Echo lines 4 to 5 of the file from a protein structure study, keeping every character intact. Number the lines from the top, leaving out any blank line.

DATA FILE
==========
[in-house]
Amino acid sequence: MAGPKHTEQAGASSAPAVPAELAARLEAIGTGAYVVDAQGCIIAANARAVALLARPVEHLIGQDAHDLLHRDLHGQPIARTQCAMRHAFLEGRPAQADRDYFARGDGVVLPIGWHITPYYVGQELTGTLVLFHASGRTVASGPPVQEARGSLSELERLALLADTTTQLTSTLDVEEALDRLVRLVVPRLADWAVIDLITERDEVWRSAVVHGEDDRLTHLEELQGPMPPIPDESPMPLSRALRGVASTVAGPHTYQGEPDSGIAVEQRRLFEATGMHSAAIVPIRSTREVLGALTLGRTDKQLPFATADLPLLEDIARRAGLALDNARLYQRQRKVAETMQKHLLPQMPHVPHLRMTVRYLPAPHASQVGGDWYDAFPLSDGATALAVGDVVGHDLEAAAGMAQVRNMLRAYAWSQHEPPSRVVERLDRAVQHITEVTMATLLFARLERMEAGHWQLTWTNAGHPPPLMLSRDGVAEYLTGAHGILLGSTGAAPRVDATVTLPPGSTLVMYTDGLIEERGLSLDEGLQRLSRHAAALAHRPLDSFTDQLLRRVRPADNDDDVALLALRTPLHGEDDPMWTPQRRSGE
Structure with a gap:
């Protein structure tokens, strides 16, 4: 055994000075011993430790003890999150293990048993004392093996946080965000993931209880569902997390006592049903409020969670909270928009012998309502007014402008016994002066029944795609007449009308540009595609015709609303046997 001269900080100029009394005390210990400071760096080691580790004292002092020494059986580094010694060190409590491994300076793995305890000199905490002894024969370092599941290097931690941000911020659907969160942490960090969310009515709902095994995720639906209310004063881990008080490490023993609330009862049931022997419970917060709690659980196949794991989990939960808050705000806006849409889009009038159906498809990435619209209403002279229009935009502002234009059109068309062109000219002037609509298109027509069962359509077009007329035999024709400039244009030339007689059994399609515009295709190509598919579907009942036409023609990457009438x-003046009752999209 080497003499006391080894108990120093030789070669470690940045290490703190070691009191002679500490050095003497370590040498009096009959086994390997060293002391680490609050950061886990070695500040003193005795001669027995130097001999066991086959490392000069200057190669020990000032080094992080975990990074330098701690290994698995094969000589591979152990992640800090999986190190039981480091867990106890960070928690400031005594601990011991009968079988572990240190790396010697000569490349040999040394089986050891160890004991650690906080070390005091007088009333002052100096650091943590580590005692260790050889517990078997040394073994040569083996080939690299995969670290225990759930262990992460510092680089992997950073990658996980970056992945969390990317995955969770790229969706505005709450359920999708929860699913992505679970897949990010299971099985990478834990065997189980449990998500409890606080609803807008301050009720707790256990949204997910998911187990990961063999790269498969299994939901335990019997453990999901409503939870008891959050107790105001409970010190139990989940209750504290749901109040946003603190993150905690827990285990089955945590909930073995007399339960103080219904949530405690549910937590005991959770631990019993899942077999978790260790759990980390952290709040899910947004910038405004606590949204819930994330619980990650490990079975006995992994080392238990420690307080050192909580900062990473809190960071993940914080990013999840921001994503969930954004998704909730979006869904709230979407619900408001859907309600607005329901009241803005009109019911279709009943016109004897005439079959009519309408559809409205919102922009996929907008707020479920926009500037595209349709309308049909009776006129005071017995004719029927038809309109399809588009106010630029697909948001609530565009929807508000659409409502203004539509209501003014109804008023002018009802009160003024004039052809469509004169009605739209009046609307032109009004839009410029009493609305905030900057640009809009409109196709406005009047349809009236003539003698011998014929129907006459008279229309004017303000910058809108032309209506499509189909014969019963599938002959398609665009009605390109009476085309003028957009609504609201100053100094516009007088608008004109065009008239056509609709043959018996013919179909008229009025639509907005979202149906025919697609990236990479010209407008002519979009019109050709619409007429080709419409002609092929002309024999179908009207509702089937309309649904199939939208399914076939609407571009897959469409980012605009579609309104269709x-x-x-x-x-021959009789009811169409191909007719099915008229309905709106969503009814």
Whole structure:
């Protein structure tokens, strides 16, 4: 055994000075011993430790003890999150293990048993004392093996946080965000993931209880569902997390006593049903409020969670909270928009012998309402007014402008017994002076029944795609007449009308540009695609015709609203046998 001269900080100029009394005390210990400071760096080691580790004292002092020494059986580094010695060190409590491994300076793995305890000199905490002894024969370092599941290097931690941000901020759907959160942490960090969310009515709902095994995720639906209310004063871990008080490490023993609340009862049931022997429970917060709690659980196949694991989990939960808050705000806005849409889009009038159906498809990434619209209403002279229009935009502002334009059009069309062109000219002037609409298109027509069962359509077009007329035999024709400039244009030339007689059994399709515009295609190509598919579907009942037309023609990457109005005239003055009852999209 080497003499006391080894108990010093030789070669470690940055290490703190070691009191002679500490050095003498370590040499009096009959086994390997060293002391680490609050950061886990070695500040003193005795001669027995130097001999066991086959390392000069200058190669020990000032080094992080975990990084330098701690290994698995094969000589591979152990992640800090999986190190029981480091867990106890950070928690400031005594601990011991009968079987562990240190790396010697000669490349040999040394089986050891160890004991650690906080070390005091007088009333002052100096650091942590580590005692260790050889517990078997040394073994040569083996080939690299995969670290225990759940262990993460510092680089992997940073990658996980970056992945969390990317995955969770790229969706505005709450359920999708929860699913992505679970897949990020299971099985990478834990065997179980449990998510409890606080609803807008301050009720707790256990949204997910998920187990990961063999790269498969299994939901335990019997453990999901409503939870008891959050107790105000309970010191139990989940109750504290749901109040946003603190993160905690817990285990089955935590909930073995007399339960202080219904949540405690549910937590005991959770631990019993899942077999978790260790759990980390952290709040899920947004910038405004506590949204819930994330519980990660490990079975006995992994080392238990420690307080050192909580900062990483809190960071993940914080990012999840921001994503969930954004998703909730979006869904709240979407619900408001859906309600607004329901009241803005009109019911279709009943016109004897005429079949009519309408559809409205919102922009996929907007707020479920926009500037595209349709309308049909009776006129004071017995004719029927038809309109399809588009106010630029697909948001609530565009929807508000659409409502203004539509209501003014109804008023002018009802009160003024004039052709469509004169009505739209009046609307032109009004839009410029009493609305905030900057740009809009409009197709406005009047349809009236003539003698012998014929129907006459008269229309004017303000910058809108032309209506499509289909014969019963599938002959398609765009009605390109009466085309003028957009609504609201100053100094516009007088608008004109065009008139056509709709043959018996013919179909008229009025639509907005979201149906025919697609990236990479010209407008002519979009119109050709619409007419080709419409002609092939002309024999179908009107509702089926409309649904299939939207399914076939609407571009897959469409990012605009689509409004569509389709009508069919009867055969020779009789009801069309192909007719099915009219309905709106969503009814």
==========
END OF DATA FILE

């Protein structure tokens, strides 16, 4: 055994000075011993430790003890999150293990048993004392093996946080965000993931209880569902997390006592049903409020969670909270928009012998309502007014402008016994002066029944795609007449009308540009595609015709609303046997 001269900080100029009394005390210990400071760096080691580790004292002092020494059986580094010694060190409590491994300076793995305890000199905490002894024969370092599941290097931690941000911020659907969160942490960090969310009515709902095994995720639906209310004063881990008080490490023993609330009862049931022997419970917060709690659980196949794991989990939960808050705000806006849409889009009038159906498809990435619209209403002279229009935009502002234009059109068309062109000219002037609509298109027509069962359509077009007329035999024709400039244009030339007689059994399609515009295709190509598919579907009942036409023609990457009438x-003046009752999209 080497003499006391080894108990120093030789070669470690940045290490703190070691009191002679500490050095003497370590040498009096009959086994390997060293002391680490609050950061886990070695500040003193005795001669027995130097001999066991086959490392000069200057190669020990000032080094992080975990990074330098701690290994698995094969000589591979152990992640800090999986190190039981480091867990106890960070928690400031005594601990011991009968079988572990240190790396010697000569490349040999040394089986050891160890004991650690906080070390005091007088009333002052100096650091943590580590005692260790050889517990078997040394073994040569083996080939690299995969670290225990759930262990992460510092680089992997950073990658996980970056992945969390990317995955969770790229969706505005709450359920999708929860699913992505679970897949990010299971099985990478834990065997189980449990998500409890606080609803807008301050009720707790256990949204997910998911187990990961063999790269498969299994939901335990019997453990999901409503939870008891959050107790105001409970010190139990989940209750504290749901109040946003603190993150905690827990285990089955945590909930073995007399339960103080219904949530405690549910937590005991959770631990019993899942077999978790260790759990980390952290709040899910947004910038405004606590949204819930994330619980990650490990079975006995992994080392238990420690307080050192909580900062990473809190960071993940914080990013999840921001994503969930954004998704909730979006869904709230979407619900408001859907309600607005329901009241803005009109019911279709009943016109004897005439079959009519309408559809409205919102922009996929907008707020479920926009500037595209349709309308049909009776006129005071017995004719029927038809309109399809588009106010630029697909948001609530565009929807508000659409409502203004539509209501003014109804008023002018009802009160003024004039052809469509004169009605739209009046609307032109009004839009410029009493609305905030900057640009809009409109196709406005009047349809009236003539003698011998014929129907006459008279229309004017303000910058809108032309209506499509189909014969019963599938002959398609665009009605390109009476085309003028957009609504609201100053100094516009007088608008004109065009008239056509609709043959018996013919179909008229009025639509907005979202149906025919697609990236990479010209407008002519979009019109050709619409007429080709419409002609092929002309024999179908009207509702089937309309649904199939939208399914076939609407571009897959469409980012605009579609309104269709x-x-x-x-x-021959009789009811169409191909007719099915008229309905709106969503009814």
Whole structure: